Leased

Union City, CA

117,000

Electronic and electromechanical manufacturing solutions

Leased

Tijuana, Mexico

112,100

Electronic and electromechanical manufacturing solutions

Leased

Elgin, IL

45,000

Design services

Owned

San Diego, CA

30,240

Warehousing and distribution

Leased

Del Rio, TX

28,000

Warehousing and distribution

Owned

Bien Hoa City, Vietnam

24,475

Electronic and electromechanical manufacturing solutions

Leased

El Paso, TX

18,200

Warehousing and distribution

Leased

Del Rio, TX

16,000

Warehousing and distribution

Leased

Portsmouth, NH

4,876

Design services

Leased

Taipei, Taiwan

4,685

International procurement office

Leased

Taichung, Taiwan

1,650

Information technology office

Leased

*The Company’s Suzhou, China buildings are owned by the Company and the land is leased from the Chinese government for a 50 year term ending on July 15, 2053.

**A portion of the facility is leased and the Company has an option to purchase it.

***Total square footage includes 70,000 square feet of dormitories.

The Union City and San Diego, California, U.S., Portsmouth, New Hampshire, U.S., Tijuana and Chihuahua, Mexico, Bien Hoa City, Vietnam and El Paso, Texas, U.S. properties are occupied pursuant to leases of the premises. The lease agreement for the El Paso, Texas, U.S. property expires January 2030. The lease agreement for the San Diego, California, U.S. property expires August 2024. The lease agreement for the Union City, California, U.S. property expires June 2026. The lease agreement for the Portsmouth, New Hampshire, U.S. property expires December 2026. The Chihuahua, Mexico lease expires July 2023. The Tijuana, Mexico lease expires November 2023. The lease agreement for the Bien Hoa City, Vietnam property expires June 2025. The Company’s manufacturing facilities located in Acuna, Mexico, Del Rio, Texas, U.S., Elgin, Illinois, U.S., and Elk Grove Village, Illinois, U.S., are owned by the Company, except for a portion of each facility in Acuna, Mexico and Del Rio, Texas, U.S., which are leased. The Company has an option to buy the leased portion of the facility in Acuna, Mexico. The properties in Del Rio, Texas, U.S., Elk Grove Village, Illinois, U.S., and Elgin, Illinois, U.S., are financed under separate mortgage loan agreements. The Company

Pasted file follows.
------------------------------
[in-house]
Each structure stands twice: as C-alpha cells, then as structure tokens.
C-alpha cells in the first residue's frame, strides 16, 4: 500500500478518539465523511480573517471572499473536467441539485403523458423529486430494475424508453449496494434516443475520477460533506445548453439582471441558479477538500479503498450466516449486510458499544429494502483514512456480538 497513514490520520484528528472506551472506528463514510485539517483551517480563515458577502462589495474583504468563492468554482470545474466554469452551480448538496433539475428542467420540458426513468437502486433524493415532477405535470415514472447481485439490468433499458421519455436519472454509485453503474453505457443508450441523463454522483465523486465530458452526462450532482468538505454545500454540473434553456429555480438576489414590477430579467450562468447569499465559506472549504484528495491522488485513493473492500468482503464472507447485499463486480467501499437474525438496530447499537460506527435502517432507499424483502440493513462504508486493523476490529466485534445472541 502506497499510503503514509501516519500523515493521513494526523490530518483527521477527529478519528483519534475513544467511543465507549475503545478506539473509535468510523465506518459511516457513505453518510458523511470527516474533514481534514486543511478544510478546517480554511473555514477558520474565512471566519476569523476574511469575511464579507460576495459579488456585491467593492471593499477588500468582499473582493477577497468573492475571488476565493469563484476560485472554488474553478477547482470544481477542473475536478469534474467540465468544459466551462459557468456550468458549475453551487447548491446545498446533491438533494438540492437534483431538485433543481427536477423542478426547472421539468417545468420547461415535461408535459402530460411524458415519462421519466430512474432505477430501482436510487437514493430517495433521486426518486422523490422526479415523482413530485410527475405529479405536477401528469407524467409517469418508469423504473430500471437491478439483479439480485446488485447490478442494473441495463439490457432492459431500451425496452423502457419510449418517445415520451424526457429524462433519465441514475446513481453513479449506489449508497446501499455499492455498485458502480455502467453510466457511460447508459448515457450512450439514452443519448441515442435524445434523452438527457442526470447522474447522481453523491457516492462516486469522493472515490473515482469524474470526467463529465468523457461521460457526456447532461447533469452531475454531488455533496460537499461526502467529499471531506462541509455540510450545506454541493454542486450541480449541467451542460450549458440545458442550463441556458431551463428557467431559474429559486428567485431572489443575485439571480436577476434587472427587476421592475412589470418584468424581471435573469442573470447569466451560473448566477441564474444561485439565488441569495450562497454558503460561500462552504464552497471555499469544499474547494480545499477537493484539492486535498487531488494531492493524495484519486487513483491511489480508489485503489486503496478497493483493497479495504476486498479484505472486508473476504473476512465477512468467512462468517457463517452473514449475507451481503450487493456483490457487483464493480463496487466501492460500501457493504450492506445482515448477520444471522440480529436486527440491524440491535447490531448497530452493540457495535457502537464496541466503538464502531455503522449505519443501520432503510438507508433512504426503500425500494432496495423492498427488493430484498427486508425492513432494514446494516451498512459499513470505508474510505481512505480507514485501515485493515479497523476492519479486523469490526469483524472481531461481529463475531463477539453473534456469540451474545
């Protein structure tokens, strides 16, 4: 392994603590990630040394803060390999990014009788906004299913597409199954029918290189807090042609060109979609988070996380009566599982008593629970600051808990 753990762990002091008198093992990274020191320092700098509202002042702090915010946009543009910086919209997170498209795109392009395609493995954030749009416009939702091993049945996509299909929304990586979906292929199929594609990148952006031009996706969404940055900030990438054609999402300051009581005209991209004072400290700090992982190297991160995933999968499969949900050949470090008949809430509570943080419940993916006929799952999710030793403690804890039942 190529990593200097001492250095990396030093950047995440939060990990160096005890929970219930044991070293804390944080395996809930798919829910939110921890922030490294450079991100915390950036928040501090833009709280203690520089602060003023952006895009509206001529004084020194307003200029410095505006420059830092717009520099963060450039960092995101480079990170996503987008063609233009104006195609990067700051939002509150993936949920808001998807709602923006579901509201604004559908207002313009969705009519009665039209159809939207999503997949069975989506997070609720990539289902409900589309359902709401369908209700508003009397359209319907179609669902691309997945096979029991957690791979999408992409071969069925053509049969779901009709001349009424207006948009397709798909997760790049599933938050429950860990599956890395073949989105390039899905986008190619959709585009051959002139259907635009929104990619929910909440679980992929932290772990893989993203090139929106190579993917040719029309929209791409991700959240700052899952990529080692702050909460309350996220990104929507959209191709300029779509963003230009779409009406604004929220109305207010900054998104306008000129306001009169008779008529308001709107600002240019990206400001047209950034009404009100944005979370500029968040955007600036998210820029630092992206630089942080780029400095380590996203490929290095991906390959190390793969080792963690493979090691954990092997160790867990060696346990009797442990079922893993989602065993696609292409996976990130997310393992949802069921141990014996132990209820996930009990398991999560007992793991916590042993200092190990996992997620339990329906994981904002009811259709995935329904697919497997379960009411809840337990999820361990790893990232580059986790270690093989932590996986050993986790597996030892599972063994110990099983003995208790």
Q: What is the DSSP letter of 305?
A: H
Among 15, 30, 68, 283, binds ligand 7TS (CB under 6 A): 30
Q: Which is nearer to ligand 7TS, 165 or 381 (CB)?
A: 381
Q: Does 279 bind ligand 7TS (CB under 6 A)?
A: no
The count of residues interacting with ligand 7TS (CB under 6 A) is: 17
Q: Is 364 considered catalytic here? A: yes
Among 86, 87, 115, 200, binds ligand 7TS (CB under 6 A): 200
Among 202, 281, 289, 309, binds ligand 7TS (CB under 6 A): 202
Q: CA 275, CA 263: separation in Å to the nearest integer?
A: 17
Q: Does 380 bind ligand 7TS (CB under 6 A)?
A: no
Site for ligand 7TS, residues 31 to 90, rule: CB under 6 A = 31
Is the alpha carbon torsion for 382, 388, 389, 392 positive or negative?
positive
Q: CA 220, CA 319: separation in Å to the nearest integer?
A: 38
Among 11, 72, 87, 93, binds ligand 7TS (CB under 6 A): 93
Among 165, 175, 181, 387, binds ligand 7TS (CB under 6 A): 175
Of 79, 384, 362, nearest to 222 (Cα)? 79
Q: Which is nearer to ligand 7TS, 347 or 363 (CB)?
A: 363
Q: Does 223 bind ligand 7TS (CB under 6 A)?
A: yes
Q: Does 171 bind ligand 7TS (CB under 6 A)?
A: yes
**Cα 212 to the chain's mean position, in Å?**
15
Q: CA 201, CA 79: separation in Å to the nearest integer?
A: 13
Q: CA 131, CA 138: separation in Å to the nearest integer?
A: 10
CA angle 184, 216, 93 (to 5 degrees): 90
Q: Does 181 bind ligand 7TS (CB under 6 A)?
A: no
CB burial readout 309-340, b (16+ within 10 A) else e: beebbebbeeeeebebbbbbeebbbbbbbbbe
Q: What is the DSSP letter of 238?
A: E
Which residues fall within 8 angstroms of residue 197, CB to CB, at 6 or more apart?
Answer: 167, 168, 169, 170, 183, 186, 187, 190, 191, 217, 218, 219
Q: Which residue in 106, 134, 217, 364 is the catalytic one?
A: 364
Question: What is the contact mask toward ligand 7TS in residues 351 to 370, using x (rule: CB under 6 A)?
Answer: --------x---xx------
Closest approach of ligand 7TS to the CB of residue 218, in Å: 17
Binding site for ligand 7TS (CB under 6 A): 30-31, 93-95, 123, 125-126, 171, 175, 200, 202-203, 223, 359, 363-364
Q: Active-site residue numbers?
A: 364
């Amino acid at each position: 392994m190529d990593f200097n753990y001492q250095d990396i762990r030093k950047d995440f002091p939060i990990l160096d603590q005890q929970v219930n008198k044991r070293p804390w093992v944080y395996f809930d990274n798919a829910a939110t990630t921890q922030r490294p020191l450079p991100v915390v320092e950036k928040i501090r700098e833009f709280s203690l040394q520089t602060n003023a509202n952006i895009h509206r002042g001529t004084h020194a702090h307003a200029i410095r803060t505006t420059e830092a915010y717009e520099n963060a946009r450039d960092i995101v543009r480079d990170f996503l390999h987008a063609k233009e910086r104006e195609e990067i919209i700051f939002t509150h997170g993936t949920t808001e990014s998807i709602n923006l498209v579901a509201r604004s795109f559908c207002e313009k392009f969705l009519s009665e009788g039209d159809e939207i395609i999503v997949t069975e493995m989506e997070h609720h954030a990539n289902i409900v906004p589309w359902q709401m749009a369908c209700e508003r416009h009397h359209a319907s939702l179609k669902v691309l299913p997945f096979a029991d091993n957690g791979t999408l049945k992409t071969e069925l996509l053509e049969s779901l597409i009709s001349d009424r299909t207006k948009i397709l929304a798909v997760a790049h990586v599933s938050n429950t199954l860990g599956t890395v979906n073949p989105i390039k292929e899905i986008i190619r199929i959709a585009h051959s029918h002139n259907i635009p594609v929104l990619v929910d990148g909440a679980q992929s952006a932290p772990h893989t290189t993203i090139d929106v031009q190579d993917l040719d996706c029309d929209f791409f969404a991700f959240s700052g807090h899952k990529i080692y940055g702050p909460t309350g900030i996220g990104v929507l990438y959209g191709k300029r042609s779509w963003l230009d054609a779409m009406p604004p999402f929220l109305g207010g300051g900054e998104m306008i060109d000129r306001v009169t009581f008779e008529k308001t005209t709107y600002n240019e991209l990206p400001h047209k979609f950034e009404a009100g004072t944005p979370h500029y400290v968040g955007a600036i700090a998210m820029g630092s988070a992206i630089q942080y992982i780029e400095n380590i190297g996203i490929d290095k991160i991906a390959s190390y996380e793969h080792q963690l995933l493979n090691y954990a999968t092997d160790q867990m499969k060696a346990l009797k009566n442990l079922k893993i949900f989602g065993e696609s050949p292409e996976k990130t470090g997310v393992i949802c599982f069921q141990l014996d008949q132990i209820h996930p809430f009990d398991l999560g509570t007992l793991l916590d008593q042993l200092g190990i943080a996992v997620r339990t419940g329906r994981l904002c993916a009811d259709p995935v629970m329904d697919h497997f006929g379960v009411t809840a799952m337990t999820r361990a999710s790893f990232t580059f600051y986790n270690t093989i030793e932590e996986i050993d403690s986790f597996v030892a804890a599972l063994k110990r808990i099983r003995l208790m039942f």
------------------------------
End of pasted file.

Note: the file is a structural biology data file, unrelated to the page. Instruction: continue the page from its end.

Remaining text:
24


leases the IPO office in Taipei, Taiwan to coordinate Far East purchasing activities. The Company leases the information technology office in Taichung, Taiwan. The Company believes its current facilities are adequate to meet its current needs. In addition, the Company believes it can find alternative facilities to meet its needs in the future, if required.

ITEM 3. LEGAL PROCEEDINGS

From time to time the Company is involved in legal proceedings, claims or investigations that are incidental to the conduct of the Company’s business. In future periods, the Company could be subjected to cash cost or non-cash charges to earnings if any of these matters are resolved on unfavorable terms. However, although the ultimate outcome of any legal matter cannot be predicted with certainty, based on present information, including management’s assessment of the merits of any particular claim, the Company does not expect that these legal proceedings or claims will have any material adverse impact on its future consolidated financial position or results of operations.

ITEM 4. MINE SAFETY DISCLOSURES

Not applicable.

PART II

ITEM 5. MARKET FOR REGISTRANT’S COMMON EQUITY, RELATED STOCKHOLDER MATTERS AND ISSUER PURCHASES OF EQUITY SECURITIES

Market Information

The Company’s common stock is traded on the NASDAQ Capital Market System under the symbol SGMA.

As of July 20, 2022, there were approximately 160 holders of record of the Company’s common stock, which does not include stockholders whose stock is held through securities position listings. The Company estimates there to be approximately 1,400 beneficial owners of the Company’s common stock.

25


Equity Compensation Plan Information

For information concerning securities authorized for issuance under our equity compensation plans, see Part III, Item 12 of this Annual Report, under the caption “Security Ownership of Certain Beneficial Owners and Management and Related Stockholders Matters” as well as the Company’s audited financial statements and notes thereto, including Note N – Leases of Item 15(a) Exhibits and Financial Statement Schedules, filed herewith and all such information is incorporated herein by reference.

ITEM 6. RESERVED